3. That IS a pretty good criterion. Or at least “provide some form of pleasure.”

    I would say most of the above is borderline meaningless, but the last line of “D” isn’t even a sentence.

  4. David Boxwell Says:

    Bean-counting bureaucrats with management degrees invaded and took over higher education in the US and UK in the 1980s. It’s a major reason why I got out.

  5. Hey, you across the pond can make up gibberish better than Americans! Classy gibberish. And it almost means something, too. Doesn’t your heart swell with pride at the thought? I can sort of tease out the degrees of what they’re requiring for each, from almost everything in A, to practically nothing in D.

    To think, I used to grade mechanical drafting projects of underclassmen when I was a senior in high school. My system – be fair, but knock half a letter grade off any loudmouth prick in class on general principles.

  6. Randy Cook Says:

    I read it twice and couldn’t find a THING about teenage she-cats. What’s the deal?

  7. I friended Mamie Van Doren on Facebook but I haven’t worked up the courage to address her directly yet.

  8. A Peacock Says:

    Spare a tear for us students who have to self assess accross three similarily incomprehensible catagories in three different areas.. do I choose A**,A*, A, B, C, D, E, F for my grade in something irrelevant. Why oh why can’t it just be about the quality of the films and the particular aspect you worked on?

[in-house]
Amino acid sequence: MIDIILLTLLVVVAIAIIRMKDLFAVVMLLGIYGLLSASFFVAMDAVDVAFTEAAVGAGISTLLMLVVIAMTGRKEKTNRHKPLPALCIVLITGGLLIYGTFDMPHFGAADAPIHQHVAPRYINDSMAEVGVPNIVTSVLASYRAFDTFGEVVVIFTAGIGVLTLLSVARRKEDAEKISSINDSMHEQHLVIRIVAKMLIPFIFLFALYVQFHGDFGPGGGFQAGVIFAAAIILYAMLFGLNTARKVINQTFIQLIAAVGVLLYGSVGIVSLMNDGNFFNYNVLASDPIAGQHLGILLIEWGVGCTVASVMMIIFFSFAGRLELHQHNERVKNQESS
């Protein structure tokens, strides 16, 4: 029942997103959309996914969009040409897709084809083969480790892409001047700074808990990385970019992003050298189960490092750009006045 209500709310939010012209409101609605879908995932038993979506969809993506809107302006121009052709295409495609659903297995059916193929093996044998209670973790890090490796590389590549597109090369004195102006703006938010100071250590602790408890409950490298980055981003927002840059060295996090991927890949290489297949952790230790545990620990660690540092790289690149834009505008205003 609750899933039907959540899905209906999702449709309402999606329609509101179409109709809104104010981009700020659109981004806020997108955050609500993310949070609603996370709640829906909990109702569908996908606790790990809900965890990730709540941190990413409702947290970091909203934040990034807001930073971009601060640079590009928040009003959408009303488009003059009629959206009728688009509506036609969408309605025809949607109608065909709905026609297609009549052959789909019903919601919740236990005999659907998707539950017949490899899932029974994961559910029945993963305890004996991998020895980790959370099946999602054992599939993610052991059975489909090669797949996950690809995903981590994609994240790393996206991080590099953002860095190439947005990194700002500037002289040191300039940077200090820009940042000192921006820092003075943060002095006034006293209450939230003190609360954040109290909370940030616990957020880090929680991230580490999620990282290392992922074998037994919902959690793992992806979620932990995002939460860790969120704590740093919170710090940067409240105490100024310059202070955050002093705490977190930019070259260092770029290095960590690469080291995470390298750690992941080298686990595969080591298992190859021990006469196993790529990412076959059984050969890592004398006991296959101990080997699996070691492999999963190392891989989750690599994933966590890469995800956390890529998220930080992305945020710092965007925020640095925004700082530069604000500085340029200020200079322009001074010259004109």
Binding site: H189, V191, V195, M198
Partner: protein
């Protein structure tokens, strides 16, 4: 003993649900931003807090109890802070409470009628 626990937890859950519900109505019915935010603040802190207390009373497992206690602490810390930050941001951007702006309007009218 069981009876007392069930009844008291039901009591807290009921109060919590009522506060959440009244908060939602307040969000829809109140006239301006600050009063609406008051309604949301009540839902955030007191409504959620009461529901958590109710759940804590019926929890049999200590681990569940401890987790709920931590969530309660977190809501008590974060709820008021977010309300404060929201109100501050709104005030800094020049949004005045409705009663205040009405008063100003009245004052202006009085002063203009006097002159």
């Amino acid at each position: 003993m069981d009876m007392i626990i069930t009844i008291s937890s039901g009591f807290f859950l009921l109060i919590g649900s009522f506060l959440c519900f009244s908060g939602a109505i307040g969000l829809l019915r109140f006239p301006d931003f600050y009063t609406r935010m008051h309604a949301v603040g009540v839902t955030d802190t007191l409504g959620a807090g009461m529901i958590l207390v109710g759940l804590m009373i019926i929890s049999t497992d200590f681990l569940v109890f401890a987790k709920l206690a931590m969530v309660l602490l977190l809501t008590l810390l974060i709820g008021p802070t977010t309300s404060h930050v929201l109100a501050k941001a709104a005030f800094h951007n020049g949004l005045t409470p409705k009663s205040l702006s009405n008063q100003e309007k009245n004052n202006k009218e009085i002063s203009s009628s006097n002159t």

9. It basically IS, but for some reason we have to talk about it in language which is supposed to apply to every single department, but actually is a poor fit for everything…

    The only way to make sense of it is to assume we ARE talking about the films, and then do so… Maybe we should ignore this language more than we do, but that doesn’t seem to be allowed. The best feedback will still be the face-to-face kind, where we don’t have to use this absurd jargon.

  10. Christopher Says:

    well I’m in motion picture HELL here…

  11. AND Lena Horne has died at 92.

  12. David Boxwell Says:

    Learning outcomes! Optimal instructional methods! Effective assessment tools! Enhancing instructional feedback! Don’t know why, there’s no sun in the sky . . .keeps rainin’ all the time.

  13. Faced with this guff, even “learning outcomes” start to look like benign and even useful terminology.

    Went looking for Lena Horne in the bath in Cabin in the Sky but MGM must have purged it from the web.

  14. Here’s Mamie, right at the top of the premiere of A Star is Born

  15. Self-assessment would seem prone to failure without some safeties built in, due to Dunning-Kruger effect.

  16. They’re supposed to self-assess AS WELL, which most of them feel is pointless. Some of the less able ones mark themselves high, it’s true, but generally when somebody gives themselves all As or all Ds it mainly means they think self-assessment is stupid.

    It’s not necessarily a terrible idea, but if they students are going to do it you REALLY need understandable lingo.